If your event planning approach is anything like mine, I start contemplating how to improve my next event even before the current one is over. So you can imagine after 20-some years in the event planning business (but who’s counting?), I’ve picked up a few tips and tricks that have served my clients well. I thought I’d share my top three—plus a bonus tip—whether you’re new to the profession or you’ve got 1,000 events on your resume.
Let”s get started! Read on.
TIP #1: BE READY FOR THINGS TO GO WRONG
Even if you’re an optimist by nature, it helps to expect issues and be ready for them so that you’re prepared to handle any situation. It’s a good idea to have an emergency back-up plan so there’s a chain of command for who is responsible, and for what, in case an emergency arises.
I should add that planning for the unexpected might be the easy part. Perhaps more challenging—but equally as important—is to stay calm, collected and professional when something goes awry. Never lose your cool. Always remain in control.
TIP #2: PLAN EXTRA TIME TO PLAN
Everything you’re planning—and I mean everything—will take longer than you think. For example, if you anticipate that budgeting will take four hours, plan on eight. In my experience, every task takes about twice as long, from site visits to client meetings, to menu planning and conversations with AV people. So be kind to yourself and budget enough time to do your job thoroughly.
TIP #3: BE READY WITH TWO SETS OF COSTS
When you’re planning your budget, be sure to incorporate one set of numbers that separates everything by line item, such as food and beverages and linen rentals, and the total cost of all those items. The second set of numbers should include all these items plus taxes and gratuities. Those are the numbers you’ll share with the end user. On the other hand, the convention services manager that you’re working with will want to know your budget for all those line items before taxes and gratuities. Keeping both sets of numbers at your fingertips will save you time and keep the lines of communication open between you, your client and the venue’s management.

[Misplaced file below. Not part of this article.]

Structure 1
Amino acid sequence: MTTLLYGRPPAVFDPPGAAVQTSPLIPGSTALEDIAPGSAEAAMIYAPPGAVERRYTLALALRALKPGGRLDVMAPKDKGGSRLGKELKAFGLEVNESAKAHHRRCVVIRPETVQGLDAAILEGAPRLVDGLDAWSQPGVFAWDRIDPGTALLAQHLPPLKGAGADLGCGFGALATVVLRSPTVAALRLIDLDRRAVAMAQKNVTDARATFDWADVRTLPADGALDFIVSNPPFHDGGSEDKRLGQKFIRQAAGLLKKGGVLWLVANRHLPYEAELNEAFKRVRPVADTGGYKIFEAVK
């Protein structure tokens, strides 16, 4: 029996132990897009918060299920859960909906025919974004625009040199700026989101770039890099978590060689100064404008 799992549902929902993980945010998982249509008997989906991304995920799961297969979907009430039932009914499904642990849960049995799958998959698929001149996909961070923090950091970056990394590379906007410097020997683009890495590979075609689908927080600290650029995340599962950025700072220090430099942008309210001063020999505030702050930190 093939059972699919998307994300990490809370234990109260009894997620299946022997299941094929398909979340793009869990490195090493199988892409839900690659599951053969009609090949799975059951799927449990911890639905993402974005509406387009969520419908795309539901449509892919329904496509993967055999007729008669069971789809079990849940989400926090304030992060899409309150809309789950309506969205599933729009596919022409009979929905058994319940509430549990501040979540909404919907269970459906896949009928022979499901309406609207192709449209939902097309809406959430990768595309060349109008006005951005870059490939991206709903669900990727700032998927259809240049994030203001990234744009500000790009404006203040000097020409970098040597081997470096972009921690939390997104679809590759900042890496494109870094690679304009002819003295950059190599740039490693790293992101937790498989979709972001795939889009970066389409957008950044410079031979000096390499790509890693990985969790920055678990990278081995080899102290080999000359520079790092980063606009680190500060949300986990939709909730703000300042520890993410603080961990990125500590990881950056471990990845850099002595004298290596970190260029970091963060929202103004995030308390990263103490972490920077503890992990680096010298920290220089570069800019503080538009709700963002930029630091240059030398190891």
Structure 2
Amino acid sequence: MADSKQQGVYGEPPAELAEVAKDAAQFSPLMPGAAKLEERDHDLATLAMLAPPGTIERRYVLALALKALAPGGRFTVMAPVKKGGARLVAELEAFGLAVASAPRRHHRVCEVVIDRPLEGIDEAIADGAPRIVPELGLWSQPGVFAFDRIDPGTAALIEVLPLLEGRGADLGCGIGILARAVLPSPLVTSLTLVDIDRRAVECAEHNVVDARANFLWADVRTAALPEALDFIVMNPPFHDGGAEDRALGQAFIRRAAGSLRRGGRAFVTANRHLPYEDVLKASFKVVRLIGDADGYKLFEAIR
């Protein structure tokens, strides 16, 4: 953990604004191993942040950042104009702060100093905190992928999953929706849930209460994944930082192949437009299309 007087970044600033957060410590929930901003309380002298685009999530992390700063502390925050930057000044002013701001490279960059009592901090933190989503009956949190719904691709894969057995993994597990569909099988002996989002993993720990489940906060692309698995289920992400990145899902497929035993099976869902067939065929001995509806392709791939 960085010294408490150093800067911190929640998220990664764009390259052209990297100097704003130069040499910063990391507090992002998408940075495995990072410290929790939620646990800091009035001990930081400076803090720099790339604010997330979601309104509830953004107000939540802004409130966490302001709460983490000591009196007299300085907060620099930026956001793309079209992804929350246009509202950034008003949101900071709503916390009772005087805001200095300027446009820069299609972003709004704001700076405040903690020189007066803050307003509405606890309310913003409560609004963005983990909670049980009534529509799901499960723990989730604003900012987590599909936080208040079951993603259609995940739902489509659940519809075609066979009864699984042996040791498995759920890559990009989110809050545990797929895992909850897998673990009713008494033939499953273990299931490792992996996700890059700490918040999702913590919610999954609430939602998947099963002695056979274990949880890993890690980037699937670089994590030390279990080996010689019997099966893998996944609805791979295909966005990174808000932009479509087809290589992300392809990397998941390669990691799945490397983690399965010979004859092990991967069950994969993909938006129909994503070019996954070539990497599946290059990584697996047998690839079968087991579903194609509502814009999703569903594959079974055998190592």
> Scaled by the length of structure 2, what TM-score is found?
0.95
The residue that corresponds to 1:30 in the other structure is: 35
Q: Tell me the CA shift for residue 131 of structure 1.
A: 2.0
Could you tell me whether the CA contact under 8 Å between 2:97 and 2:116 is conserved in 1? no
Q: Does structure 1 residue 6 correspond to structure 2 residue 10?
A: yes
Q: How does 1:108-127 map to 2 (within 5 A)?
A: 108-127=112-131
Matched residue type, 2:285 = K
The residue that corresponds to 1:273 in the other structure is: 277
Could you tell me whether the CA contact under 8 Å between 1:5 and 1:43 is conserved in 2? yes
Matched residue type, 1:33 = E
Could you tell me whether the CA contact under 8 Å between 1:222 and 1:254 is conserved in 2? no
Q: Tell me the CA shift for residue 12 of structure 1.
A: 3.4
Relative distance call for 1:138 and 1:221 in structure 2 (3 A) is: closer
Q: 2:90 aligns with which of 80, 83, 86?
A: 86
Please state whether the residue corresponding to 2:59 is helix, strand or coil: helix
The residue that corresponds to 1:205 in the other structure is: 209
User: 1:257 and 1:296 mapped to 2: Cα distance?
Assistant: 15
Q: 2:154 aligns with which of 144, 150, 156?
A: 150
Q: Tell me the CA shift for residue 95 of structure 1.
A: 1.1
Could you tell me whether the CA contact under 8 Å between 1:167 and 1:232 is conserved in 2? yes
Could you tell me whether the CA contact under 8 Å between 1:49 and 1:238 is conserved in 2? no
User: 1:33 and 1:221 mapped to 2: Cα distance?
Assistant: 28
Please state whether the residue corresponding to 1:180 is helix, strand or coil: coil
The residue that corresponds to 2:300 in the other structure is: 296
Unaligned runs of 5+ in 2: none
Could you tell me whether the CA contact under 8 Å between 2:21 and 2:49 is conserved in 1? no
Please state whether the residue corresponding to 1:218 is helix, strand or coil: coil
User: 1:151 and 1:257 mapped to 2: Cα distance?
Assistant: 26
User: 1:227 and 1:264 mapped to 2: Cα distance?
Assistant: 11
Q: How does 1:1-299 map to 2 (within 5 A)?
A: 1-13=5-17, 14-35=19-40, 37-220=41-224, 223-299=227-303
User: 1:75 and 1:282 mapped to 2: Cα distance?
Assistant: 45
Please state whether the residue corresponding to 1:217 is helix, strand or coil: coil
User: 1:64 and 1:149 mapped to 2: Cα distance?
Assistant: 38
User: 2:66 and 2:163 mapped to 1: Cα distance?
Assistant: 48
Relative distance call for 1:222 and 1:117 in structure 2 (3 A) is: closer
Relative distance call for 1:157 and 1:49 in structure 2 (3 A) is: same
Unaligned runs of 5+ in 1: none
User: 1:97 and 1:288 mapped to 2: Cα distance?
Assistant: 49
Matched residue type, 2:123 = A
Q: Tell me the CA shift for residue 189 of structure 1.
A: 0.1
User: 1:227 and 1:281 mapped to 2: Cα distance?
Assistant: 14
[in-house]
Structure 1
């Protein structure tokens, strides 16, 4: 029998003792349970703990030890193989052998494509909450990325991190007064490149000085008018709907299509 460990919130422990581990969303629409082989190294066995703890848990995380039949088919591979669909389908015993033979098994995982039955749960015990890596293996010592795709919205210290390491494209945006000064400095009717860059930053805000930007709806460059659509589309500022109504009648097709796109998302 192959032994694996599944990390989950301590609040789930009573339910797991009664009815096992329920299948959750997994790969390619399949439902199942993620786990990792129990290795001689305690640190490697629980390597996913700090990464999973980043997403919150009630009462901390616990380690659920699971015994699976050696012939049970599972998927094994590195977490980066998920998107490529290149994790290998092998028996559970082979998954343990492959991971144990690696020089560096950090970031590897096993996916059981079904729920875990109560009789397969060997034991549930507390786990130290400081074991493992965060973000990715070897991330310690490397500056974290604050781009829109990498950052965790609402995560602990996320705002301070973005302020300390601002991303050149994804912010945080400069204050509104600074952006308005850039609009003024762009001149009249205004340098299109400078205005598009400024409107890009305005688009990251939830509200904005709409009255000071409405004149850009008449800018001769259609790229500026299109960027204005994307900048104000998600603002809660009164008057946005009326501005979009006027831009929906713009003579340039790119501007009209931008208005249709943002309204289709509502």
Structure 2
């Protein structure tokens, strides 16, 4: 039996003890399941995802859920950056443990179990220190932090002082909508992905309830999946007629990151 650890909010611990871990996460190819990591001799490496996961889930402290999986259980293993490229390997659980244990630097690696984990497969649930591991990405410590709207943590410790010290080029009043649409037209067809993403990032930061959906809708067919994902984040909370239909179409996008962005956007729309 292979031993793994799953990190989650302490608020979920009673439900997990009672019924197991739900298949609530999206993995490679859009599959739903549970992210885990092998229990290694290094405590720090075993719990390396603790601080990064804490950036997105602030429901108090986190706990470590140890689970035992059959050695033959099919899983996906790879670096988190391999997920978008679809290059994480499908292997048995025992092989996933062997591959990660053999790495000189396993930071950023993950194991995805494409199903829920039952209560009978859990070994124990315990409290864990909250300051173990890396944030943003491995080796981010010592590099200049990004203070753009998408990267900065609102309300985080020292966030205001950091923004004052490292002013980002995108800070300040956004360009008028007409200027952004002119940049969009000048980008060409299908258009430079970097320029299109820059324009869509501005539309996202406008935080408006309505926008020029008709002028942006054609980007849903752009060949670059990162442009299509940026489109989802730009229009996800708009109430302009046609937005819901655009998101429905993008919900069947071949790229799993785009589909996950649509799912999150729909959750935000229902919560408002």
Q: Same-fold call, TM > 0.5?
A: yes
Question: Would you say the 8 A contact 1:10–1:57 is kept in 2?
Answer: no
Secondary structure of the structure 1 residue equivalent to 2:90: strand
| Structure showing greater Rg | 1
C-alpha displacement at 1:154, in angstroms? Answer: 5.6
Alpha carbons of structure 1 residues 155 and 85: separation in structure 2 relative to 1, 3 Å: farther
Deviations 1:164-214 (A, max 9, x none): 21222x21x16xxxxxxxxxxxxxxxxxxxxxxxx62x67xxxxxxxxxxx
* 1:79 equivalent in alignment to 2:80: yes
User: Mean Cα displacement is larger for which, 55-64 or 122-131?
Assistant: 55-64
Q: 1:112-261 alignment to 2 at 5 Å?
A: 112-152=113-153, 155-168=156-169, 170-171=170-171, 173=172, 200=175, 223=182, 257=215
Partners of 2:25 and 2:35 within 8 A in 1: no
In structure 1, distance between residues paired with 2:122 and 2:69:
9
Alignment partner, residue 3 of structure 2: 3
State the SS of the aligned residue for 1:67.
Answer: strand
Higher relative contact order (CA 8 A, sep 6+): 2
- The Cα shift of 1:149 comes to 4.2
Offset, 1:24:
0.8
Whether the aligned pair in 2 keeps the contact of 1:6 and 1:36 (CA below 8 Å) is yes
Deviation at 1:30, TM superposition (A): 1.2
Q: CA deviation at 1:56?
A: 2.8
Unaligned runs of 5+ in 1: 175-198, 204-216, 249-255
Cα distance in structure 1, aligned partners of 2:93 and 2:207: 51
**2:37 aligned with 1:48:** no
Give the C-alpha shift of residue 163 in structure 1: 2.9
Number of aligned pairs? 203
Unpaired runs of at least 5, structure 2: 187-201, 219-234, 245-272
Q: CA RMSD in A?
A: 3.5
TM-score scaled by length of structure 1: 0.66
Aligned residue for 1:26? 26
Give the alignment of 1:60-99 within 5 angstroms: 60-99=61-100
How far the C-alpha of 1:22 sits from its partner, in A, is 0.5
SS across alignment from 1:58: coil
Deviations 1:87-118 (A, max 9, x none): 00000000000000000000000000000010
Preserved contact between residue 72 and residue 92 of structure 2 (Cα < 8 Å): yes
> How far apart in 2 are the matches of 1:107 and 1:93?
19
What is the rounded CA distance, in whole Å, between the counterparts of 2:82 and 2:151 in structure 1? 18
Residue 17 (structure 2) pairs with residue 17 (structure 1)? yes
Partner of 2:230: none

I promised you a bonus tip too. It’s short, but I could argue that it’s the most important of all.
Your reputation will follow you wherever you go.
Take your time when planning. Always try just a little harder. Work with venues and partners that take your event as seriously as you do. Surround yourself with people who come through, time after time. Above all, let your passion show.
Best wishes—and happy planning!
Michelle Eggert has more than 20 years of experience in event management in the non-profit, corporate, association and religious markets. Before joining ConferenceDirect, she spent several years in corporate catering and sales at an independent hotel in the Milwaukee area, was employed at Strong Capital Management, and the March of Dimes, Southeastern Wisconsin District. Contact Michelle via her website http://michelle-eggert.go-conferencedirect.com
For details on arranging your next event at Monona Terrace in Madison, Wisconsin, contact Laura MacIsaac, Director of Sales, firstname.lastname@example.org or 608-261-4016.